Skip to main content

Education in the media: Wednesday 21 March 2018

Posted by: , Posted on: - Categories: Social work

Today’s Education in the Media blog looks at World Social Work Day 2018.


Yesterday, 20 March, was World Social Work Day. Social workers play an integral role in supporting many of the most vulnerable children and families in society. World Social Work Day is an opportunity to celebrate the work they do throughout the year.

The Secretary of State, Damian Hinds announced a series of measures to help raise the status of the profession.

These include:

  • Appointing Lord Kamlesh Patel of Bradford as the chair of Social Work England, a new dedicated regulator for all child, family and adult social workers
  • Appointing former Children's Minister Edward Timpson to chair an independent panel to share learning from the most serious safeguarding cases
  • Announcing new standards for all qualified child and family social workers to follow that clearly define what social workers should know and be able to do. This follows a consultation and a series of roundtable discussions around the country
  • Confirming grants worth £3.5 million for 21 sites taking part in phases one and two of the National Assessment and Accreditation System for children and family social workers. The scheme aims to establish career paths, helping to develop good managers and leaders of the future
  • Setting up a board for the What Works Centre for Children’s Social Care, announced in December
  • Encouraging local areas to apply for a role as ‘early adopters’ of the new, stronger safeguarding arrangements, which place equal responsibility for keeping children safe on councils, police and health workers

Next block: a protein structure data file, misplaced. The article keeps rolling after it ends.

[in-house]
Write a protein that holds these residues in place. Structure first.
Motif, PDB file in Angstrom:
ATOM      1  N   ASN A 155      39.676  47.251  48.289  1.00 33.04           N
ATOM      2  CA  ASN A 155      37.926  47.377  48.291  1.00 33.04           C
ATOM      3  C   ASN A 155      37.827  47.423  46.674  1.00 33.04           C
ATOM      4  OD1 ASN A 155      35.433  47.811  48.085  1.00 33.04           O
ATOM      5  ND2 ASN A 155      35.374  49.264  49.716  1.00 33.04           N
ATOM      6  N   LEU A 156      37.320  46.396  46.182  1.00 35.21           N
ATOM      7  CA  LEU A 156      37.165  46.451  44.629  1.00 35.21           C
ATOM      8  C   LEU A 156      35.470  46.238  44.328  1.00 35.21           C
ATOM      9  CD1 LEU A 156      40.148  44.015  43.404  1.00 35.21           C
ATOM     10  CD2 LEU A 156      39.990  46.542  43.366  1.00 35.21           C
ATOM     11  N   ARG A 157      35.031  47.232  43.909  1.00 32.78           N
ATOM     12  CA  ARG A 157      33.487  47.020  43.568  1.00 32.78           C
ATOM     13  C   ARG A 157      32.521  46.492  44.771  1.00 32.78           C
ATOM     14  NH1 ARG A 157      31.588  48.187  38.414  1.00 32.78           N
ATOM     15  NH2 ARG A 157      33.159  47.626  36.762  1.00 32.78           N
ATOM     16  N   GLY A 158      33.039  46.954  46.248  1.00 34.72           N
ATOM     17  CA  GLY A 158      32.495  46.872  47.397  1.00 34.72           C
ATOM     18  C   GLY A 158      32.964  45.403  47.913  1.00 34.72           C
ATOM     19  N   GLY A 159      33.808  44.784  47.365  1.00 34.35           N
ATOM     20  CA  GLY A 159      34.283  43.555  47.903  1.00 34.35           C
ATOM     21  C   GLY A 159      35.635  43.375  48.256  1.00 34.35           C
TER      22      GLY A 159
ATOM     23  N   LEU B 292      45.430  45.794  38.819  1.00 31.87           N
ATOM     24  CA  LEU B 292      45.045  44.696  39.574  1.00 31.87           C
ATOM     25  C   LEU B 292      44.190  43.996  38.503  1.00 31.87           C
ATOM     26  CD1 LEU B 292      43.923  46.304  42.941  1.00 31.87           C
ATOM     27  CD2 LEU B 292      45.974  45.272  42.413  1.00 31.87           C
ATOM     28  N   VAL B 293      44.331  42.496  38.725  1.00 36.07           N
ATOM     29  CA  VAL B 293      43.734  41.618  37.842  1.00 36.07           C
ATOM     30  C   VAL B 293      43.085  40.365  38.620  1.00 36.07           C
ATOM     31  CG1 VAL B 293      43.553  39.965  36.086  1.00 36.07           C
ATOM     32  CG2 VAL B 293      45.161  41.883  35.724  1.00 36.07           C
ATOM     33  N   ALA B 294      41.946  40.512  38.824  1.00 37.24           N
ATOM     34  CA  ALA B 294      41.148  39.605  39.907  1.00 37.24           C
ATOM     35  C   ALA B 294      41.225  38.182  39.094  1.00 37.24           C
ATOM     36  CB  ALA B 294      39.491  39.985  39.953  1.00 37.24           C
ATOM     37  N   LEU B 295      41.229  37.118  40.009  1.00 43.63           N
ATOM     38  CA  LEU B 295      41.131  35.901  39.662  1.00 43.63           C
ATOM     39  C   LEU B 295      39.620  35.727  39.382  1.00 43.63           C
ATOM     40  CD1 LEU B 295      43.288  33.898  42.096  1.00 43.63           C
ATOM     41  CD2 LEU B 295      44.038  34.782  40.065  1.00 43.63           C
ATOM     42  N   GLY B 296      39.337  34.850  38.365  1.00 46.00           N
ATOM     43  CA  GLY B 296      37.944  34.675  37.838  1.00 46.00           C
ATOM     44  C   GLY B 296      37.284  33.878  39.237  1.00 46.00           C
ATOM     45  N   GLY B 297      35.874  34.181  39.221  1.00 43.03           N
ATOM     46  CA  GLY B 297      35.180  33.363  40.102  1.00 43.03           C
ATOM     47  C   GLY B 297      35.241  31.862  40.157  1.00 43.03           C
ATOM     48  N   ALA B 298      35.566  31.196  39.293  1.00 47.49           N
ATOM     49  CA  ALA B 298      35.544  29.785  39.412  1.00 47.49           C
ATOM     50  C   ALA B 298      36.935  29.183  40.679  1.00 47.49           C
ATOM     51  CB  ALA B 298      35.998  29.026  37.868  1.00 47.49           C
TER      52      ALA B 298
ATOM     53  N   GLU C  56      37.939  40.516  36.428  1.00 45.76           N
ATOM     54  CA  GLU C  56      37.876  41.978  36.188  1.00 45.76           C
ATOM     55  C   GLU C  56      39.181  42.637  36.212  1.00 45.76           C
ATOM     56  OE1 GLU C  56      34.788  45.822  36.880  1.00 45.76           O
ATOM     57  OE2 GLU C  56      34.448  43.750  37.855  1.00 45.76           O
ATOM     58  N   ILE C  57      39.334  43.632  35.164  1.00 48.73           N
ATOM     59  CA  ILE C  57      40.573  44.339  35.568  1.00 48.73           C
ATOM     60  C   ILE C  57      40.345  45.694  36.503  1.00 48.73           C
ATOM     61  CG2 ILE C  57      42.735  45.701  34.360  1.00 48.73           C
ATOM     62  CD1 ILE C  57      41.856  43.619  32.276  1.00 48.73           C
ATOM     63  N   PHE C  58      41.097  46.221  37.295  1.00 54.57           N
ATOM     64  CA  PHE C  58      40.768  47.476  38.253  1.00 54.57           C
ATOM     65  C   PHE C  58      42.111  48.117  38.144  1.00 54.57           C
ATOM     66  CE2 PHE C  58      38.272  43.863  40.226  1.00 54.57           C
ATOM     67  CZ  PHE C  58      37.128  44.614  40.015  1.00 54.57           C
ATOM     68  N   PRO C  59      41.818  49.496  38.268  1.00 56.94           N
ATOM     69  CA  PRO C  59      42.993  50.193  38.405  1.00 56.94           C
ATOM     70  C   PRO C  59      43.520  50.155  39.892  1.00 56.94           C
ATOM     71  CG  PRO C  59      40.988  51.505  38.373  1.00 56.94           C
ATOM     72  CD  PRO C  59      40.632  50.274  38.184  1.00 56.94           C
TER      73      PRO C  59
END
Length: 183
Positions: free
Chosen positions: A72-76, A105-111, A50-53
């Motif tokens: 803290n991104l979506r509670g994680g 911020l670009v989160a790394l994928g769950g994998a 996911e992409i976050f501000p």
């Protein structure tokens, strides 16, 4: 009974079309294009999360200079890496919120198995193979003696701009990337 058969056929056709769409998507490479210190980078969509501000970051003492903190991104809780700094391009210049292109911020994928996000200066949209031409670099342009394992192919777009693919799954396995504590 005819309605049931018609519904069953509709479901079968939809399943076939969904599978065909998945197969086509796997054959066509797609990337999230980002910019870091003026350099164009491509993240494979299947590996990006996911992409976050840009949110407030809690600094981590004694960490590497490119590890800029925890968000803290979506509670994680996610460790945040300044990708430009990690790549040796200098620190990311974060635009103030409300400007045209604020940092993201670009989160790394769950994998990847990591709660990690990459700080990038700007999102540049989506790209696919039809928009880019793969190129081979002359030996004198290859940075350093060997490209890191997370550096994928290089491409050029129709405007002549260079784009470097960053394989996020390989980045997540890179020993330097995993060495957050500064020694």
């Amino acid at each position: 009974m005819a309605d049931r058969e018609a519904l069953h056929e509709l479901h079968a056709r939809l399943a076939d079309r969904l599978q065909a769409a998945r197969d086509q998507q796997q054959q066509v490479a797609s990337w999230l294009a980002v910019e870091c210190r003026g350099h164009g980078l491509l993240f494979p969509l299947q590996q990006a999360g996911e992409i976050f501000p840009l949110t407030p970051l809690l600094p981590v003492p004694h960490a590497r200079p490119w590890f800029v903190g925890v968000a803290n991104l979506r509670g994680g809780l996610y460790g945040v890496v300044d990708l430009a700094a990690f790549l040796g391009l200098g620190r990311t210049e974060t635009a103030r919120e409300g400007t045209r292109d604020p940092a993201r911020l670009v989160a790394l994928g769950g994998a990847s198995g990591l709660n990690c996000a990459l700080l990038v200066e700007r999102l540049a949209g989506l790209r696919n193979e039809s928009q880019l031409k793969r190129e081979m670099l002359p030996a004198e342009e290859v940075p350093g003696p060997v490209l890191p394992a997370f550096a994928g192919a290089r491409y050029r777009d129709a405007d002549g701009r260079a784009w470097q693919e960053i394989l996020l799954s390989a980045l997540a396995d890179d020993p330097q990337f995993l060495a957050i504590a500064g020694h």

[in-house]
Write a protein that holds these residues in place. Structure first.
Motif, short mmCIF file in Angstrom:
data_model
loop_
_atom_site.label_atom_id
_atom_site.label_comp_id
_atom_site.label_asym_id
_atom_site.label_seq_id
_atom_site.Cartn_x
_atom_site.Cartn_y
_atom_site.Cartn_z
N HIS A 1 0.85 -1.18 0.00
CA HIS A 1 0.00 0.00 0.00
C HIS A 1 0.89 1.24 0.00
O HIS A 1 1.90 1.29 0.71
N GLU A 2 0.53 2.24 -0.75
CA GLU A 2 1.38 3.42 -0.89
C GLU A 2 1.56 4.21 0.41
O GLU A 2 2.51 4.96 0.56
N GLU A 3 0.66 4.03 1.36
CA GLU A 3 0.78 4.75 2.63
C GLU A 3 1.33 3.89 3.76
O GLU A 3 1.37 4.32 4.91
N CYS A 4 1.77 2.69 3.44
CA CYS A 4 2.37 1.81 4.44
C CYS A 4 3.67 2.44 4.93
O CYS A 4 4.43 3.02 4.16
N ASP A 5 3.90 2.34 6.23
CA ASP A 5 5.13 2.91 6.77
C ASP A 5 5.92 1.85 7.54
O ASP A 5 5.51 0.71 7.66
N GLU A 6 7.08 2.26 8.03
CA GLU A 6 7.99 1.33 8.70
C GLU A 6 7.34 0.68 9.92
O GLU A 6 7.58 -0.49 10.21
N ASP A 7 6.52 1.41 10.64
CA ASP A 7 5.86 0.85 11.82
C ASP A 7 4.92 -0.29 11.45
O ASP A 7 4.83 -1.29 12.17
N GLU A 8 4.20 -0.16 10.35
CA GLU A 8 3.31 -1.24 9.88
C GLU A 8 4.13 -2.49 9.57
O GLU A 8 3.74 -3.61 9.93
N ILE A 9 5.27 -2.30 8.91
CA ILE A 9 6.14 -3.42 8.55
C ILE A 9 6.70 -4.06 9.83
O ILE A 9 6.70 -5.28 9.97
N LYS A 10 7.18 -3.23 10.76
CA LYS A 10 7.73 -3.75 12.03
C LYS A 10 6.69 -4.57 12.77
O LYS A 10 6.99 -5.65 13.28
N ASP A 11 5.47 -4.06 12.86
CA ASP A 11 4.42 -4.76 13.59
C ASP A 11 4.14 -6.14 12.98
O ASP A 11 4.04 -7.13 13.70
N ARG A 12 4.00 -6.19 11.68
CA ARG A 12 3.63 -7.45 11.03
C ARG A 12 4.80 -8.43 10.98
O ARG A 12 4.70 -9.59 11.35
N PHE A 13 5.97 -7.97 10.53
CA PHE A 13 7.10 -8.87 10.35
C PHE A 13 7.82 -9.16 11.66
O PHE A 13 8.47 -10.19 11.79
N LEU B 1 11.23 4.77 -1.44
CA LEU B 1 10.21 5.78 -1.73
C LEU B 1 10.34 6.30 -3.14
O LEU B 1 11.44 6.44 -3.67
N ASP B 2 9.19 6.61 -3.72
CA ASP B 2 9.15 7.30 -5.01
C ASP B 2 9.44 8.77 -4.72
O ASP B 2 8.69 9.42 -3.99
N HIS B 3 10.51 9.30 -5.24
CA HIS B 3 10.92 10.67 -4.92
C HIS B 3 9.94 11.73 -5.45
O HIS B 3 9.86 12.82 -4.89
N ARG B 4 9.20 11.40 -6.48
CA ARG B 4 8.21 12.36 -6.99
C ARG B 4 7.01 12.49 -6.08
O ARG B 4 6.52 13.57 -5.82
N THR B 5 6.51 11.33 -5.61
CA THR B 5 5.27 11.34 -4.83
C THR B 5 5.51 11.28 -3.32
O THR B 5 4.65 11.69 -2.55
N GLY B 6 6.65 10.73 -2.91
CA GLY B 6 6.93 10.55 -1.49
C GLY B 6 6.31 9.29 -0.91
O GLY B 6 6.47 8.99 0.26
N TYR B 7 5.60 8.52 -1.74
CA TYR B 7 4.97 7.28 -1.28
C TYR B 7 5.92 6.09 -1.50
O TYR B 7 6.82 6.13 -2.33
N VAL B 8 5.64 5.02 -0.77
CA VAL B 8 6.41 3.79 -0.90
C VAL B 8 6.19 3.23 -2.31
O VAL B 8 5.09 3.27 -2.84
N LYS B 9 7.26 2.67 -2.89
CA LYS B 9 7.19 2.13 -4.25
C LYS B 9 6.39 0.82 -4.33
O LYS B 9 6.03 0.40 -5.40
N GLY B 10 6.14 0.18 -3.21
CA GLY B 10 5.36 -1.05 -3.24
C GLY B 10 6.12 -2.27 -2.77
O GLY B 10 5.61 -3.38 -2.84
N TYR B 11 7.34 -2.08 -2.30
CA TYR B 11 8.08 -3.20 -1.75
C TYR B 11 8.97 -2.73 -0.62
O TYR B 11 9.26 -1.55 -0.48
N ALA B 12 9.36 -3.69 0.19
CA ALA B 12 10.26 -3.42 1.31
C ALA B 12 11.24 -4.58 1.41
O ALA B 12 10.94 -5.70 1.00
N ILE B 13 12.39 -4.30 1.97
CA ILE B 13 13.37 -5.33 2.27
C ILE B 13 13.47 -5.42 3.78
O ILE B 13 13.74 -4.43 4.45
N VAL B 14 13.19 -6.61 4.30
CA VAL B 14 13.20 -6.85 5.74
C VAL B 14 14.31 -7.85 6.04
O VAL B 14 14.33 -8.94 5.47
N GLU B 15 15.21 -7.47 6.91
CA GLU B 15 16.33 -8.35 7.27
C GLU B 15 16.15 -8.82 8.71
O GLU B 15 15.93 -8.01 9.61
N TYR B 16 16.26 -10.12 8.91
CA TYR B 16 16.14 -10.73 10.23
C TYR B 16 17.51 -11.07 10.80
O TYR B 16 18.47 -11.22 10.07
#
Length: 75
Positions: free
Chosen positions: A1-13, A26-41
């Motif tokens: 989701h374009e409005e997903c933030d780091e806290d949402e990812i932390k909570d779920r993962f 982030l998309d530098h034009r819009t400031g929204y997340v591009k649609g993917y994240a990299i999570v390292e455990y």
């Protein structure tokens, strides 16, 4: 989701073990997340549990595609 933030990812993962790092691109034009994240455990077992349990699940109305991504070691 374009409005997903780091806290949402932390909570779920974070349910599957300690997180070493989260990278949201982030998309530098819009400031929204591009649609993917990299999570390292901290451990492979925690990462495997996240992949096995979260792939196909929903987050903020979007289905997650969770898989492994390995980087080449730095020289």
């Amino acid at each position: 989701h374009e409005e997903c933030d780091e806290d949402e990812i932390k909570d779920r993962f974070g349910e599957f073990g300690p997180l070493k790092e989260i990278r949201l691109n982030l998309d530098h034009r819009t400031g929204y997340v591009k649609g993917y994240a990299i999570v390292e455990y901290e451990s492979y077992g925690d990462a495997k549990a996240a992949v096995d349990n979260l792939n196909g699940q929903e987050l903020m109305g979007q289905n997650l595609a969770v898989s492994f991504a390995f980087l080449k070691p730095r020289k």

FE News covered the announcements and included comments from Chief Social Worker Isabelle Trowler who said she is “delighted” that Lord Patel and Edward Timpson will be helping build a “stronger, more intelligent system”. A wide range of other outlets also reported on World Social Work Day more generally including the Guardian, which set out six reasons to celebrate it.

Education Secretary Damian Hinds said:

The job social workers do couldn’t be more important and yet they are often the unsung heroes of our society.

World Social Work Day is about recognising the real difference they make to children and families who find themselves in some of the most difficult circumstances, providing life-changing care and support.

This Government wants to carry on raising the status of the social work profession which is why we are helping them improve their skills and develop their careers in the interests of the children who need them.

Read the full press notice about World Social Work Day 2018 here.

Sharing and comments

Share this page